Yet his selfless play has allowed for the players around him to thrive. Sitting just behind Harry Kane and just in front of Jesse Lingard and Dele Alli, Sterling spends all game floating between the lines. Quite simply, he’s a nuisance. Sometimes he’ll drop deep to pick up the ball, dragging defenders with him and creating space for another attacking player to move into. Sometimes he’ll move out wide, again creating space in the middle as his marker is dragged out wide. Sometimes he’ll run in behind, using his fantastic pace to make the opposition defence back-pedal.
Jesse Lingard’s brilliant goal against Panama is a prime example. Go back and watch it again, and look how Sterling, from a central position, darts out wide to receive the ball, vacating space for Lingard to run into. Sterling plays the ball back into Lingard’s path, who curls the ball into the top corner – and there’s no coincidence whatsoever that he had the time and space to do so. Not something that needs to be waxed lyrical about, but something that deserves to be appreciated and acknowledged.
If you’re a defender tasked with marking Sterling, you trudge off the pitch after 90 minutes, utterly exhausted. If you’re a striker lining up alongside Sterling, you have space opening up everywhere and dazed defenders, trying to keep up with Raheem’s relentless running.
No, he’s not scoring, but he’s creating opportunities for those around him to do exactly that.
And it’s working. England have scored 11 goals so far at this World Cup. When’s the last time that happened? It’s been a barnstorming campaign, and while Sterling hasn’t exactly been central in providing those goals, he certainly hasn’t been detrimental to them.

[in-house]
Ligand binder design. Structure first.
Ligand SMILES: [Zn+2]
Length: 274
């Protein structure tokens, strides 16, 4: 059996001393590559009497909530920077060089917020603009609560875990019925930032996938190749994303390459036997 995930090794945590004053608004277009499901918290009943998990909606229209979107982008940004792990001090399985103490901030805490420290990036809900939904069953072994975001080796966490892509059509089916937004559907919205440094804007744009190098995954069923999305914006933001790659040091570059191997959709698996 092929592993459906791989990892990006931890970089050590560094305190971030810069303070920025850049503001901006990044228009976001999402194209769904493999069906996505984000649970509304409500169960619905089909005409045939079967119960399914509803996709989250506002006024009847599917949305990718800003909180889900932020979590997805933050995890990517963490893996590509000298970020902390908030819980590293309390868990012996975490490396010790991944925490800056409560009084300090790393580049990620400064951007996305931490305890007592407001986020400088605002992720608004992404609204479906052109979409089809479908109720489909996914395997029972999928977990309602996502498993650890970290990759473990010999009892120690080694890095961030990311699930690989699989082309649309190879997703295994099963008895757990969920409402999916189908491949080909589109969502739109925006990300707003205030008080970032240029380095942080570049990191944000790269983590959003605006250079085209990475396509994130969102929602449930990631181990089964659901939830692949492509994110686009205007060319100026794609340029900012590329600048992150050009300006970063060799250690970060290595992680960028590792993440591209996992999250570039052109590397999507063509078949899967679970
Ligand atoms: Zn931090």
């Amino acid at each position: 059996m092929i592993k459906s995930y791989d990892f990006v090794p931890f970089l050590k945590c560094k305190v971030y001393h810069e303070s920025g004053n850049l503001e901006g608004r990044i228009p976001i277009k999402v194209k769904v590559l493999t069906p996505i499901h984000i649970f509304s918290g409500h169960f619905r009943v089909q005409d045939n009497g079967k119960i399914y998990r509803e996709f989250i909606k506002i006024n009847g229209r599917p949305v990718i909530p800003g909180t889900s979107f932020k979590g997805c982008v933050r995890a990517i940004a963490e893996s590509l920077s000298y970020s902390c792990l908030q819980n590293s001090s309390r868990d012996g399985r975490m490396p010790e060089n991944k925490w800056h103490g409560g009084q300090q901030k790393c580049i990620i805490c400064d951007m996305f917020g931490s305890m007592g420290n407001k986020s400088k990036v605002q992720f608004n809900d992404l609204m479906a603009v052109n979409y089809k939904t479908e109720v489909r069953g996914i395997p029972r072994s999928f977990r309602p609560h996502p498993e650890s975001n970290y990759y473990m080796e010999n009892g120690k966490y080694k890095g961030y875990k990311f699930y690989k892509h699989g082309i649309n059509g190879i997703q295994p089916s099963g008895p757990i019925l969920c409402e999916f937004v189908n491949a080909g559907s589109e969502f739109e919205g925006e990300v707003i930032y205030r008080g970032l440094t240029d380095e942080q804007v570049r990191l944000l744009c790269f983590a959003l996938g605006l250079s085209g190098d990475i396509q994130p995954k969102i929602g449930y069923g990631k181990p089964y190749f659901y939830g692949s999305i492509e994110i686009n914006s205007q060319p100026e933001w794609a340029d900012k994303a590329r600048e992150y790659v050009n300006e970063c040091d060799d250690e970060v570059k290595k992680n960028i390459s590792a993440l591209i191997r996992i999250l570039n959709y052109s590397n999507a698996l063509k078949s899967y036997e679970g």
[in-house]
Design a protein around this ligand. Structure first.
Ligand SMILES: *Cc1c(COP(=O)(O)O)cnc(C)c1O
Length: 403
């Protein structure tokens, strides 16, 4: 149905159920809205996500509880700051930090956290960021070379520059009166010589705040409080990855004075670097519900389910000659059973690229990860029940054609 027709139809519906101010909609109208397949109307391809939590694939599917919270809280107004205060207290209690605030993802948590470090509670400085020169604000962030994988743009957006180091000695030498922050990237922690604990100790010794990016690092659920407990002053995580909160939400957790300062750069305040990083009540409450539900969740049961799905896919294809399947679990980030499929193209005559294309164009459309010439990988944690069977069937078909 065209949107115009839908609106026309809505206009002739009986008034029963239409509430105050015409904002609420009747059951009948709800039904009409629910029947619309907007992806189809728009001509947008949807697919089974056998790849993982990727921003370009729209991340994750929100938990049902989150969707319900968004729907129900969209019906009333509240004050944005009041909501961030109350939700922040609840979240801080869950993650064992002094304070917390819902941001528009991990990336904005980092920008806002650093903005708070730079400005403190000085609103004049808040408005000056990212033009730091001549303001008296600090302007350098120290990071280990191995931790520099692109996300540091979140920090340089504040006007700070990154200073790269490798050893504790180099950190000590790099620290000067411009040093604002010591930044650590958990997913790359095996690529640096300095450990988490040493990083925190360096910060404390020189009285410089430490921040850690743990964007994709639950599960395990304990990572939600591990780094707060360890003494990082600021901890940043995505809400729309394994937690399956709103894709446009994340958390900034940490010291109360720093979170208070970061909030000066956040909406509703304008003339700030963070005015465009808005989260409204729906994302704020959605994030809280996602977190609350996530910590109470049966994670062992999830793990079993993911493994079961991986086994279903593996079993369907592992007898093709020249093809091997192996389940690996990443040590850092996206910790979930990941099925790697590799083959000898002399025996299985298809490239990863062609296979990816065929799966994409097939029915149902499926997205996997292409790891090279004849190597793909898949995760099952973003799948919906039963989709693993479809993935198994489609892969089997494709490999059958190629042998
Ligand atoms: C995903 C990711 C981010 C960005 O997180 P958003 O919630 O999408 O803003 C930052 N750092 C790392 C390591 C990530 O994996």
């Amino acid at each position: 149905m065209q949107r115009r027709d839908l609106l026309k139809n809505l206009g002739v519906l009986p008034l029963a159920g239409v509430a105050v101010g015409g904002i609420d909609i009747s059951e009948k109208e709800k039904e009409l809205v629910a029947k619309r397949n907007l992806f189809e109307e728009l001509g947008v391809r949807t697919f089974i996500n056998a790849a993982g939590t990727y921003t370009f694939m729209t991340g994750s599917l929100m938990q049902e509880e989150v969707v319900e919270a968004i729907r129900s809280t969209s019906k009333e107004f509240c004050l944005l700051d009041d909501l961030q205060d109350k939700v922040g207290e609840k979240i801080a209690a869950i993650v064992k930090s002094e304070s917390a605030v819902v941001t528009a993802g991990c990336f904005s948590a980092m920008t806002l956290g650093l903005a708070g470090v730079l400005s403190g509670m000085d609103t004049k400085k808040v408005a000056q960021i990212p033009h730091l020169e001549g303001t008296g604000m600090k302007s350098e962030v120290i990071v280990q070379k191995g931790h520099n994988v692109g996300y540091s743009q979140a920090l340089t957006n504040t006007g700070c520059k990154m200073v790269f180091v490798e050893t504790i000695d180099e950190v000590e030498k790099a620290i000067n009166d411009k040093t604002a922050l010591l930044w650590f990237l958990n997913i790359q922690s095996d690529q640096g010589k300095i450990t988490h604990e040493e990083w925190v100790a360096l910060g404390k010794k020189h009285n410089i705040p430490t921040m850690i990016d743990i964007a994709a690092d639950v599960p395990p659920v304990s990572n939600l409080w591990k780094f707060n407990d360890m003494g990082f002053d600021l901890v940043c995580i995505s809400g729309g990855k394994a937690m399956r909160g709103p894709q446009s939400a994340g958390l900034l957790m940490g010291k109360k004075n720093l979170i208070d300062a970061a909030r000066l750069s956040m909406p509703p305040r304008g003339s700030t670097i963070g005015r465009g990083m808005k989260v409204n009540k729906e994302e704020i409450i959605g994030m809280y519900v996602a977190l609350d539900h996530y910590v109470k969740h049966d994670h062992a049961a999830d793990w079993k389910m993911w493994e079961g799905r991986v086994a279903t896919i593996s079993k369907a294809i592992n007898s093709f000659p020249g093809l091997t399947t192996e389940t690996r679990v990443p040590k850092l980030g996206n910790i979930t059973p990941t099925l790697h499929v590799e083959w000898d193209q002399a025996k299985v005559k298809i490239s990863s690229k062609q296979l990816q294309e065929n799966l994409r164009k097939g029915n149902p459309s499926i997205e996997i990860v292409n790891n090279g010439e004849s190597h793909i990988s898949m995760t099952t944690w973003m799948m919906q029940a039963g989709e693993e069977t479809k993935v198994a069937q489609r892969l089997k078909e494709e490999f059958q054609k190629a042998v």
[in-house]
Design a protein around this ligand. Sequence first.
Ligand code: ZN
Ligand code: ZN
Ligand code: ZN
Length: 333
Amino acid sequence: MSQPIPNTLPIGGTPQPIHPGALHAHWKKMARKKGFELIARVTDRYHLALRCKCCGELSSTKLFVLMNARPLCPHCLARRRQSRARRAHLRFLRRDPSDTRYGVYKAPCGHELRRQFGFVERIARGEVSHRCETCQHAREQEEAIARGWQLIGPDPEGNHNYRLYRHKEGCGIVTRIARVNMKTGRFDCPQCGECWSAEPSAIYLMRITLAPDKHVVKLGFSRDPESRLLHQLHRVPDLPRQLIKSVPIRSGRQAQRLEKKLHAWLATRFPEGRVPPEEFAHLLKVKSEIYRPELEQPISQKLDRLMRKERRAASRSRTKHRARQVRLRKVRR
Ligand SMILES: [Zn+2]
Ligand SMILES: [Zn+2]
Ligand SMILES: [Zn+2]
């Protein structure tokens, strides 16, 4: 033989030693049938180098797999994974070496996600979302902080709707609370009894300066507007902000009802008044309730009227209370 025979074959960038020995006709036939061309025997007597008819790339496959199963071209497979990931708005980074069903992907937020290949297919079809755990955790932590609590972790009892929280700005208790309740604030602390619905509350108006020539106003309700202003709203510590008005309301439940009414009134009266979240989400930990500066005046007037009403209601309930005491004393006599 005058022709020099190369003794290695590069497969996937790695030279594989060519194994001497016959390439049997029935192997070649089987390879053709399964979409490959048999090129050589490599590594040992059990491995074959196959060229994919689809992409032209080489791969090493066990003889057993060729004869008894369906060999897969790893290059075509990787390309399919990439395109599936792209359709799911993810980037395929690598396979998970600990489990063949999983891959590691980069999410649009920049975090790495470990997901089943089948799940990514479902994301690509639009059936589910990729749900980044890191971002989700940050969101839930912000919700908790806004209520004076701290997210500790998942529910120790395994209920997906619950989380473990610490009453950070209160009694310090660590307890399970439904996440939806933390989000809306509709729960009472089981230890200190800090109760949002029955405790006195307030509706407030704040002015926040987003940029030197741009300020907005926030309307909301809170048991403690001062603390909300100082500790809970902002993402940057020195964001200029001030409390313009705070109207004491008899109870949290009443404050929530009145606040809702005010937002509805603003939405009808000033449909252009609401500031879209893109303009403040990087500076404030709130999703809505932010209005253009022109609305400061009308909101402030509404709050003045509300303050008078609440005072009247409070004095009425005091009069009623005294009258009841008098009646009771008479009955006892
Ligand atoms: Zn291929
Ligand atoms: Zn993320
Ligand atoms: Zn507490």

There’s an incredibly good mood surrounding the English national team right now, so I don’t see the need for constant complaining when all that can possibly achieve is to dampen it. We’ve waited a long time for an excuse to feel good about our national side, so let’s feel good about it.
Southgate is overseeing a well-oiled machine out there in Russia, which Sterling is very much a part of. He must be doing something right to be selected every game, so how about we just sit back and enjoy the football instead of obsessing over one man’s every touch.
Wednesday’s semi-final showdown against Croatia is a monumental game for the nation. I’m not asking that everyone heaps praise on Raheem Sterling, I’m just asking for us all to get behind him as he prepares, along with the rest of the team, for one of the biggest games of his life. After all, we’re called ‘supporters’ for a reason.